Immunology, 1975, 29, 75.

Cell-mediated Immune Responses in Staphylococcus aureus Infections in Mice C. S. F. EASMON AND A. A. GLYNN Bacteriology Department, Wright-Fleming Institute, St Mary's Hospital Medical School, London

(Received 13th November 1974; acceptedfor publication 7th January 1975) Summary. Delayed hypersensitivity to staphylococcal antigens was shown in mice repeatedly infected with Staphylococcus aureus. It was characterized by footpad swelling at 48 hours with a mononuclear cell infiltrate and could be transferred to non-infected recipients by T lymphocytes from infected animals, but not by serum. Recipients of immune T cells produced very severe necrotic lesions when challenged with staphylococci. This was in contrast to the protection against necrosis in recipients afforded by serum from infected donors. When both serum and cells were transferred into the same mouse the humoral effects overshadowed or perhaps inhibited those mediated by cells with resultant protection against staphylococcal dermonecrosis. INTRODUCTION Although a considerable amount of work has been done on the immunology of staphylococcal infection, much of it has been concentrated on humoral and non-specific mechanisms. Less is known about the role of specific cell-mediated responses in the pathogenesis of staphylococcal disease. Panton and Valentine (1929) showed that, in rabbits, delayed hypersensitivity developed after repeated staphylococcal infections. In such hypersensitive animals the minimum inoculum producing a skin lesion was lowered. Johnson, Cluff and Goshi (1961) confirmed and expanded these findings using a series of intradermal staphylococcal infections. Their technique did not lead to the development of humoral immunity which simplified the interpretation of the cell-mediated responses. Johanovsky (1958) could transfer the hypersensitivity developing after repeated staphylococcal infection to other rabbits with living lymphocytes, but not with serum or dead cells. More recently Taubler (1968) and Taubler and Mudd (1968) have shown delayed hypersensitivity to staphylococcal antigens in mice in vivo and by inhibition of cell migration in vitro but did not investigate its effect on the lesions produced Cellular responses to bacteria are mediated by thymus-dependent (T) lymphocytes. The effect of the transfer or depletion of these cells has generally been studied in infections where cell-mediated responses are a major factor, such as Listeria monocytogenes or Mycobacterium tuberculosis in mice (Mackaness and Blanden, 1967; Lane and Unanue, 1972; North, 1973). In this paper we have demonstrated the presence in infected mice of delayed hyperCorrespondence: Professor A. A. Glynn, St Mary's Hospital Medical School, London W2 1 PG.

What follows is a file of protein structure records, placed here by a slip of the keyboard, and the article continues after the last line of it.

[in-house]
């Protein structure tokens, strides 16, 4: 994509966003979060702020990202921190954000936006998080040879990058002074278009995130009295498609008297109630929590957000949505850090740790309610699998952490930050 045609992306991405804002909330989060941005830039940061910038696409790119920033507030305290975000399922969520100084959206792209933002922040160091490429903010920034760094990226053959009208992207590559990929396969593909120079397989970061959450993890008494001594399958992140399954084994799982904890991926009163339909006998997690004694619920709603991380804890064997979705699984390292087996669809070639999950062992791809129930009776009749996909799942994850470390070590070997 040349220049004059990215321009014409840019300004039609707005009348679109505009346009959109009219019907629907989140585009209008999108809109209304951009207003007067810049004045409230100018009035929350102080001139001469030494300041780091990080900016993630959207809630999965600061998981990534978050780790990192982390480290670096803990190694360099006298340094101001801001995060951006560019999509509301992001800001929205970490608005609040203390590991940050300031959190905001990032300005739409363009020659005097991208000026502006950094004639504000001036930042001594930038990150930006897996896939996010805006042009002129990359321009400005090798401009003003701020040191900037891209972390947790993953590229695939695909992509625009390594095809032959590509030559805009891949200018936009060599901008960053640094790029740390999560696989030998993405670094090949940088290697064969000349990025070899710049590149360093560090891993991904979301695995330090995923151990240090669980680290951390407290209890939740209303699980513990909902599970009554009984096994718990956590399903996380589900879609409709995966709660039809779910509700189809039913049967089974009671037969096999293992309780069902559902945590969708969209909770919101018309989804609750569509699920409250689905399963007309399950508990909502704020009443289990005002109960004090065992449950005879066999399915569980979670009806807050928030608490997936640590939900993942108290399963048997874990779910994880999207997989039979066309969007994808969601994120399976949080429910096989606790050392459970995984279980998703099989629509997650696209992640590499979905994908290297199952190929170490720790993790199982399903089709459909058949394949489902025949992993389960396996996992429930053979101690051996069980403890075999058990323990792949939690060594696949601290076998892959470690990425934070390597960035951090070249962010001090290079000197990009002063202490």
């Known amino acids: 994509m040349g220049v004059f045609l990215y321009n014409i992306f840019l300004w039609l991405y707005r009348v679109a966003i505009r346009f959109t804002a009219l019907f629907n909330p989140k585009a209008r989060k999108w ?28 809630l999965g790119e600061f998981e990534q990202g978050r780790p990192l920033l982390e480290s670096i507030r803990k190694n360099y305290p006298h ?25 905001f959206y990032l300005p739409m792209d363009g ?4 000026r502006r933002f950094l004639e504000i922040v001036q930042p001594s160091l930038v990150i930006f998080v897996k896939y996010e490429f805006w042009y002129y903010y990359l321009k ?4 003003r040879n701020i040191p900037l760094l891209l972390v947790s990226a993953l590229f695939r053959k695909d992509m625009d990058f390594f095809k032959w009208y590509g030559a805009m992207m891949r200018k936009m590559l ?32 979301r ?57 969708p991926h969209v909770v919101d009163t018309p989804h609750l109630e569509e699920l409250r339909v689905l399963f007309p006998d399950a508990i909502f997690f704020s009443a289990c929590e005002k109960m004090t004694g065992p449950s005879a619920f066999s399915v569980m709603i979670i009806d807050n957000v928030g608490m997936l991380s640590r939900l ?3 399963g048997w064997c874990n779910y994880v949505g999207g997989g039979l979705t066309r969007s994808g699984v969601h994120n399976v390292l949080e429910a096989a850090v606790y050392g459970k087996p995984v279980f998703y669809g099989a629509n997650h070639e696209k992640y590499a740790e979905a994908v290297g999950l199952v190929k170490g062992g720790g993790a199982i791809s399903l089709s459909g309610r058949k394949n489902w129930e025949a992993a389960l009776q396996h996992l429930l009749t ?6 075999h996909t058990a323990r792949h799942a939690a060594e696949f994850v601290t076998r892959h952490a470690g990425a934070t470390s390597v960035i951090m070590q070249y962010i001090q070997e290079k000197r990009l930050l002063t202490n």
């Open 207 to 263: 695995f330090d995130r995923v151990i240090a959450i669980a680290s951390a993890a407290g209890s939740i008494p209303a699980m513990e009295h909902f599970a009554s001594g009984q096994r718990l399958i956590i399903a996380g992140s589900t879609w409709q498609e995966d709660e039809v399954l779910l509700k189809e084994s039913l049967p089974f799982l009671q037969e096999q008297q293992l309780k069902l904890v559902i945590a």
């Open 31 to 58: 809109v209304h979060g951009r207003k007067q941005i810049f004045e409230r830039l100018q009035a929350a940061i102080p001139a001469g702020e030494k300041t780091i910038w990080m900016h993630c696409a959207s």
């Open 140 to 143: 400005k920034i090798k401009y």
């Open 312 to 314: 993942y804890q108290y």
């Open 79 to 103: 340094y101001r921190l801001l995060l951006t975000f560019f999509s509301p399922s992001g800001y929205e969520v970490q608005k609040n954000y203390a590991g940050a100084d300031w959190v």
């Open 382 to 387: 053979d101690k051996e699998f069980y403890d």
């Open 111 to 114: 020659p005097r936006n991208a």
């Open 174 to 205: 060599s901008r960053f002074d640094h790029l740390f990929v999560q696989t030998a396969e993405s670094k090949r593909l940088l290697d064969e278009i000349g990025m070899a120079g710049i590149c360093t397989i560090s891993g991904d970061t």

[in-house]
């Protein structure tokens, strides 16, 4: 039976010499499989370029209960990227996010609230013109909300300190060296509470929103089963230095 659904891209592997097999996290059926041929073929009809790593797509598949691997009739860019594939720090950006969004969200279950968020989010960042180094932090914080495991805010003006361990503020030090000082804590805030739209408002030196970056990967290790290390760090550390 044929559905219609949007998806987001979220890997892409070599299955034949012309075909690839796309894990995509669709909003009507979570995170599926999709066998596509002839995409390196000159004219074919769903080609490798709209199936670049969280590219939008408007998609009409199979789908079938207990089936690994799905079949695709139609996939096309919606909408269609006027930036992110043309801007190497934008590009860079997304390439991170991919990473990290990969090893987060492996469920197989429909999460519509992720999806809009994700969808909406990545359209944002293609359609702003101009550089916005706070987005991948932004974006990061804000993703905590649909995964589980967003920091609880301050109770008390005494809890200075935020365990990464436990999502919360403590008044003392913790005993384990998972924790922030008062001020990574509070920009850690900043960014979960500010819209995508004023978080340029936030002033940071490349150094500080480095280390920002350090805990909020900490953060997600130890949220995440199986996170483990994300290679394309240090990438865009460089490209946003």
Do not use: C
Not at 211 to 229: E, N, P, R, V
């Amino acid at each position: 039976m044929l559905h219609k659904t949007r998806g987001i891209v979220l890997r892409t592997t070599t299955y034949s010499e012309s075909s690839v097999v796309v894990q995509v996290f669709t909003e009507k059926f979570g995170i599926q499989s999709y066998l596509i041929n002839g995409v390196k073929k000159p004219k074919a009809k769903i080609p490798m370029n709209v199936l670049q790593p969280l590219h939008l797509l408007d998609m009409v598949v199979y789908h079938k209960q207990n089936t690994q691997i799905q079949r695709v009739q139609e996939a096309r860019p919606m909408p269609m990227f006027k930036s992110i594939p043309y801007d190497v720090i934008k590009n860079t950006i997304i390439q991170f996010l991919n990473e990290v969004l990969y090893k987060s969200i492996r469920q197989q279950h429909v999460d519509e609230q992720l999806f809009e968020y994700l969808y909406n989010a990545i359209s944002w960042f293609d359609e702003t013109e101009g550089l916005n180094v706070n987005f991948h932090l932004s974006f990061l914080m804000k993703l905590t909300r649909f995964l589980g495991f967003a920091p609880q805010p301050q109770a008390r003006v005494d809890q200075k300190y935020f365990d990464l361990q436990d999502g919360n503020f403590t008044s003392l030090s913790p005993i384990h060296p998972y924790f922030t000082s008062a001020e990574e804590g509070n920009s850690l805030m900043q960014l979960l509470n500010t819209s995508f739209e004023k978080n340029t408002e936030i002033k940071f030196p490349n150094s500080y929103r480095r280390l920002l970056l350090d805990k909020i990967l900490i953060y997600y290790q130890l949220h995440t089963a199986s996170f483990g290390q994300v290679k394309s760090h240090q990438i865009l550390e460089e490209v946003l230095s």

C. S. F. Easmon and A. A. Glynn 76 sensitivity to staphylococcal antigens, and have used the techniques outlined above to investigate the effect of specific cellular responses on staphylococcal skin lesions. MATERIALS AND METHODS Mice Female CBA mice 20-25 g weight and 'nude' mice between 12 and 16 weeks old were used.

Organisms Staphylococcus aureus PS80 (NCTC 9789) was grown in 041 per cent glucose broth and injected subcutaneously. The details as well as the method of scoring the lesions are given in the previous paper (Easmon and Glynn, 1975). Viable counts Lesions were excised and homogenized in 10 ml of saline in a Colworth Stomacher 80 (A. J. Seward & Co Ltd). Ten-fold dilutions were prepared and viable counts performed on nutrient agar plates.

Fluid exudation This was measured by the increase in weight of a constant sized piece of tissue containing the lesion (Agarwal, 1967a). The induction of delayed hypersensitivity Mice were given four subcutaneous injections of I05 c.f.u. of S. aureus PS80 on cotton dust at 10-day intervals. Twelve to 14 days after the last injection they were tested for delayed hypersensitivity by footpad swelling. Antigen (0-02 ml) was injected into the right hind footpad and the same volume of physiological saline into the left. The increase in footpad size was measured with a micrometer at 4, 24 and 48 hours. Net footpad swelling = swelling in right footpad-swelling in left footpad. Uninfected mice were treated similarly and used as controls. Antigen preparations Saline extract. S. aureus PS80 in broth culture was spread over nutrient agar plates and incubated overnight at 370. The total growth from ten plates was collected in 10 ml of sterile normal saline, washed twice in saline, and resuspended in a further 10 ml of saline. They were then put for 10 minutes under a Silverson mixer, centrifuged at 1000 g for 30 minutes, and the supernatant collected and sterilized by millipore filtration (0 45 gm). The protein content was estimated by Lowry's method and the concentration in the extract adjusted to 500 ug/ml. Cell wall suspension. A 3-hour culture of S. aureus PS80 was grown at 370 in a 1 per cent nutrient broth (Oxoid number 2) with 1 per cent yeast extract (Oxoid) added with vigorous shaking, and was harvested and washed three times (10,000 g for 30 minutes) with normal saline. The cells were broken down in a Braun homogenizer with glass beads until no whole Gram-positive cells could be seen on staining. Whole cells and glass beads were separated by centrifugation at 1000 g for 15 minutes. The supernatant was centrifuged and washed twice in 1*5 M saline, three times in normal saline and three times in distilled